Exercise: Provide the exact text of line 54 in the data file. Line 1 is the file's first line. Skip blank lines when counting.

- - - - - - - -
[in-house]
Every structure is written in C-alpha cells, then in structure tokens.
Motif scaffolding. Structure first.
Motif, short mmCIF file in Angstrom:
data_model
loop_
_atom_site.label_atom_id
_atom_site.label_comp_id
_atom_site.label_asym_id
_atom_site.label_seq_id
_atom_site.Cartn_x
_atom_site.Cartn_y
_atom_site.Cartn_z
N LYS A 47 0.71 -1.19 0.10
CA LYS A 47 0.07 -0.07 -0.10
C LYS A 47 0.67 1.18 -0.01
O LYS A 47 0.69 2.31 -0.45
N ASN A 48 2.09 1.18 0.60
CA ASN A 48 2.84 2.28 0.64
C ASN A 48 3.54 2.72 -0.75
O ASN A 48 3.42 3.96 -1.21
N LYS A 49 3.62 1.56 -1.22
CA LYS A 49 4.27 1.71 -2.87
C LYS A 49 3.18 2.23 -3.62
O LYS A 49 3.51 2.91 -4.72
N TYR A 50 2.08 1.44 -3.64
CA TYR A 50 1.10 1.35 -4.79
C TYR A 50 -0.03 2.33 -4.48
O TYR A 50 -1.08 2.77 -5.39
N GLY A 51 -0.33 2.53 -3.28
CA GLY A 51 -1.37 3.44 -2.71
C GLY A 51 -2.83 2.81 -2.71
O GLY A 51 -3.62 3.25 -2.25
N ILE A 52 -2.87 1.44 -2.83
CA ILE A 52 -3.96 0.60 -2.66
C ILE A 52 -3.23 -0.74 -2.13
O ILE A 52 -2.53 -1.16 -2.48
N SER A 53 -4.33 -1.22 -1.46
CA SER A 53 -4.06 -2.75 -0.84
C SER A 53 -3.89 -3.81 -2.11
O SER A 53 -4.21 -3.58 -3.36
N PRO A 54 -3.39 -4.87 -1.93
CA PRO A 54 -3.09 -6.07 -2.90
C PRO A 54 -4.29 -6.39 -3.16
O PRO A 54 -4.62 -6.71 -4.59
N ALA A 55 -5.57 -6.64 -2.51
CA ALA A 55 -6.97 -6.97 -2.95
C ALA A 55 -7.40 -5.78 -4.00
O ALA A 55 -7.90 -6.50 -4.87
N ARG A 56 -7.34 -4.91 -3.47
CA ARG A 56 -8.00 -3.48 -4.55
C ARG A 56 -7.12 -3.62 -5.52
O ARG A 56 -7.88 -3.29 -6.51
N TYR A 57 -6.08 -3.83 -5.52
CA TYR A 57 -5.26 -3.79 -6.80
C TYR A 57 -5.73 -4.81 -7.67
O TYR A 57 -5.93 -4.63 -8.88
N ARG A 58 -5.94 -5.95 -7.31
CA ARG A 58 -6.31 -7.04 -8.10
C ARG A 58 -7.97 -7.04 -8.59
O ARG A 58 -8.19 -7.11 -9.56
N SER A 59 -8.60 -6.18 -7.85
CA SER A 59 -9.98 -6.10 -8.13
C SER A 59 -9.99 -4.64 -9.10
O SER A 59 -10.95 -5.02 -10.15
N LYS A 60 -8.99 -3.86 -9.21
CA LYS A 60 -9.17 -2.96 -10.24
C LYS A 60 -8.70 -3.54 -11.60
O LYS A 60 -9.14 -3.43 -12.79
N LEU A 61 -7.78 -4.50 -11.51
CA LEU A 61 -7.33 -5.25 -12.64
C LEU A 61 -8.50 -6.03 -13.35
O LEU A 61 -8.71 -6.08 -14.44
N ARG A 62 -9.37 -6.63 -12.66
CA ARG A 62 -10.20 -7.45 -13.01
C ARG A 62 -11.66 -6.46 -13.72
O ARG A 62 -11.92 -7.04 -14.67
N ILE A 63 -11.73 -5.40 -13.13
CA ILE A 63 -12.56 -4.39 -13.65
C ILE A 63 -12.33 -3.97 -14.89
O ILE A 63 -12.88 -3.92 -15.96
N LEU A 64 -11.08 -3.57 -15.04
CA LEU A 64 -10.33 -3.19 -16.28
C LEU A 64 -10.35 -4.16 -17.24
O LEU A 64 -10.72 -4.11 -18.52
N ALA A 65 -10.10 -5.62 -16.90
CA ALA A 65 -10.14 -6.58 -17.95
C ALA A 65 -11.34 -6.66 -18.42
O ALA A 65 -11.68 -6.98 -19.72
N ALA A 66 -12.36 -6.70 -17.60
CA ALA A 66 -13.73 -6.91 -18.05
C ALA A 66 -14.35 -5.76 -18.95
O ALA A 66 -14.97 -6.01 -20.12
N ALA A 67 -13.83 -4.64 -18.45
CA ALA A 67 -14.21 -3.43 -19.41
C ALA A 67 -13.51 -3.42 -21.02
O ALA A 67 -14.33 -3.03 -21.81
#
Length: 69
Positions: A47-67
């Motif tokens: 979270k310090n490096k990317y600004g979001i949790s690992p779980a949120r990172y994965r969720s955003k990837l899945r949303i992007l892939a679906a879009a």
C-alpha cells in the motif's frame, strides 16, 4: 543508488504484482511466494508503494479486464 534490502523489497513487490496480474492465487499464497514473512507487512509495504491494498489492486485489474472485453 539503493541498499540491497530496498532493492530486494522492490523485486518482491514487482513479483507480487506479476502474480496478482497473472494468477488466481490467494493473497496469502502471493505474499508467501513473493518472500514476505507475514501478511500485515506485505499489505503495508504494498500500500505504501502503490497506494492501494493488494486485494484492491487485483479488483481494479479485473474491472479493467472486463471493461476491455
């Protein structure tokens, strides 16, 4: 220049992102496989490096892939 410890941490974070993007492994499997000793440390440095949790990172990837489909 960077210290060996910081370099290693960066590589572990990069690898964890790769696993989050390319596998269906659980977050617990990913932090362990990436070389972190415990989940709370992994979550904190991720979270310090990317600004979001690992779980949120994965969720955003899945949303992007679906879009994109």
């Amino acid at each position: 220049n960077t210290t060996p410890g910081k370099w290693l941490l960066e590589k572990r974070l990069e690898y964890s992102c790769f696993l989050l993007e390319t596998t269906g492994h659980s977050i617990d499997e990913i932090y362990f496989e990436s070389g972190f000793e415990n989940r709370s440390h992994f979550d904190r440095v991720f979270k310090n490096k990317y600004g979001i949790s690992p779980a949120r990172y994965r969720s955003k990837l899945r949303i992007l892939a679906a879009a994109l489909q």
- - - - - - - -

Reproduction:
N TYR A 57 -6.08 -3.83 -5.52